People in that confined space of the festival, blogging on their phone, putting it on their blogs and then physically coming to the space and printing stuff out is all very involving. But I think there’s still a disconnect between all audiences and that is one thing we’re trying to work on in terms of interactive media to connect between all the audiences.

Today, the younger audience are extremely competent at more things than I even know about, and I think that’s an area that’s very fascinating. How we live our lives online, share images online and how we view them online, is something that’s catching on. Having both the opportunity and inclination to document the changes in our lives, exploring and interacting with them

 

How do you see Format five years down the line and how is it different from other festivals happening in the UK?

In the UK, there’s not so many and somehave happened just once. Format is the same age as Brighton while Hereford, which had been on for about 25 years, just stopped running. Format is different because it is very much about investing in how photography is living and working today. The photographers’ focus is different.  We’re also very supportive of working with our Exposure artists of open call. We work alongside all the photographers that we select to curate their work into our show. As a result the participants form a key part of our festival and we work with them a lot.

 

‘FORMAT11 Collectives Encounter’ 

 

You were recently in India regarding your fellowship with UNBOX festival. How was your experience working with Blind Boys, an organization which is very active in the Indian fraternity?

It was very fun and very lively! We did an exhibition in the India Habitat Centre and had four-five photographers to curate the exhibition and conduct a workshop. We worked together to select the images and conceptualize the exhibition, and we specifically selected the images for the exhibition and did all the hard work collectively. It was a really interesting though I was only there for a short amount of time. But it was a really fascinating project to collaborate on.

 

Did you get a glimpse of the booming photography industry in India that has been coming up in the last 5-10 years?

I’m very excited by that. I’ve seen from afar the Delhi Photo Festival and was very interested in that, as well as the Photoink gallery. I’m very excited by what’s happening in India and the sort of new age for photography, the medium and the way that people there are participating in the activity and the initiatives as well, the setting up of various projects. It’s all really exciting.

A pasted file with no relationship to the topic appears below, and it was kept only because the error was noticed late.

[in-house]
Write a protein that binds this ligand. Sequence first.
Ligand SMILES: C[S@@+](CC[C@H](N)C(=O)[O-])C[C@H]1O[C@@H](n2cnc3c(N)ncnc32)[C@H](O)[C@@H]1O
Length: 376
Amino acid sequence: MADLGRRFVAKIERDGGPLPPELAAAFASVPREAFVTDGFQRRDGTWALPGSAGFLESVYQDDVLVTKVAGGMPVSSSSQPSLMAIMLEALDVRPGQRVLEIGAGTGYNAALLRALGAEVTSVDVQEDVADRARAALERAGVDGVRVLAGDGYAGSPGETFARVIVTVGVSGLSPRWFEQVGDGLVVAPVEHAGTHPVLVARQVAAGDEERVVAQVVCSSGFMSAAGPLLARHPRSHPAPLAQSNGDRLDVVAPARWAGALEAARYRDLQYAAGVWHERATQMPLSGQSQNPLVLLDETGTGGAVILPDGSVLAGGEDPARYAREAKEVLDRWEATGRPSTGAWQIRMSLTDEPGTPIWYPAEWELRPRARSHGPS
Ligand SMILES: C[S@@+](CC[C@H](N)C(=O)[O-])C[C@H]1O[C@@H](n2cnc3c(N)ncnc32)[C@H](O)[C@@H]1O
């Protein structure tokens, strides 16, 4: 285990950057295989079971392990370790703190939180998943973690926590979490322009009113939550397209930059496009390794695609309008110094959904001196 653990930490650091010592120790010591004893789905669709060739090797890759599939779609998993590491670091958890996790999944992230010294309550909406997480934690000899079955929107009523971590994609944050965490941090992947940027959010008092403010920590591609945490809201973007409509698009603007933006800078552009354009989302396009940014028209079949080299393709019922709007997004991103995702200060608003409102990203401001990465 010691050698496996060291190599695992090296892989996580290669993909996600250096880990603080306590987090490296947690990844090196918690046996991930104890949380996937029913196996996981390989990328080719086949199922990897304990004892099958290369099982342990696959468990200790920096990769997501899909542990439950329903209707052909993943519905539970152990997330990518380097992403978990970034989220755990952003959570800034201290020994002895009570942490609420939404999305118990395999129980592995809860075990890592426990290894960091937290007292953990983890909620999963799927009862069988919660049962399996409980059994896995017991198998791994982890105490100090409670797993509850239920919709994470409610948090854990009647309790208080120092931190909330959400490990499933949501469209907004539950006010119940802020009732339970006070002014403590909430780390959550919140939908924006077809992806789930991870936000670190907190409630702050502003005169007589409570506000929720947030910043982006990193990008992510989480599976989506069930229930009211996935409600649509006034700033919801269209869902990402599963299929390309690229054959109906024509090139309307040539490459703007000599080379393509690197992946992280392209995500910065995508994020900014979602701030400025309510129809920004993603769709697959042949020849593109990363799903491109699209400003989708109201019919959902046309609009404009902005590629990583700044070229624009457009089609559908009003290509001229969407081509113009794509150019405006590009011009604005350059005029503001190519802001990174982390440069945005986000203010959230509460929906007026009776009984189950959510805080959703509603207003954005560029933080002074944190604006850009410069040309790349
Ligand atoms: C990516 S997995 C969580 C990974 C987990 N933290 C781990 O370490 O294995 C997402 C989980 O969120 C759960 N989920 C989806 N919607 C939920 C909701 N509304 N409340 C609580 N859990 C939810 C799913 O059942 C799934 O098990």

How do you see Emaho magazine’s collaboration with Format festival and what is this collaboration all about?

The collaboration is about sharing opportunities with our collective audiences and taking the interest in a new direction. What we care about is collaborating with talented organizations and what we can collectively offer over what we can do individually; opportunities being larger now.

We’re looking at a feature in Emaho Magazine for exposing artists, and then we will be selecting an artist from Emaho’s open call for the Format Festival to feature them on our blog. If we work our networks collectively, we can reach the world. It’s a quite simple idea but it’s going to be great working together.

 

‘QUAD and FORMAT image by Graham Lucas Commons’

 

You know how Emaho strives to promote art in all its forms from around the world. What do you have to say about our initiative?

One of the things that I’ve explained to some people was that Emaho magazine reflects into our everyday lives. We all have our interests and our focuses, we have multiple interests and you’re putting that into one magazine, which is difficult to do. You put several different things put into one space online and you’re doing it in a way that’s coherent and is interesting to explore. There’s always something fascinating when I go online.
I also think that entrepreneurialism is something that I’m always interested in. The way you have brought out your exhibitions and collaborations internationally is the way we should be working right now.

 

Interviewed by: Manik Katyal  and Marukh Budhraja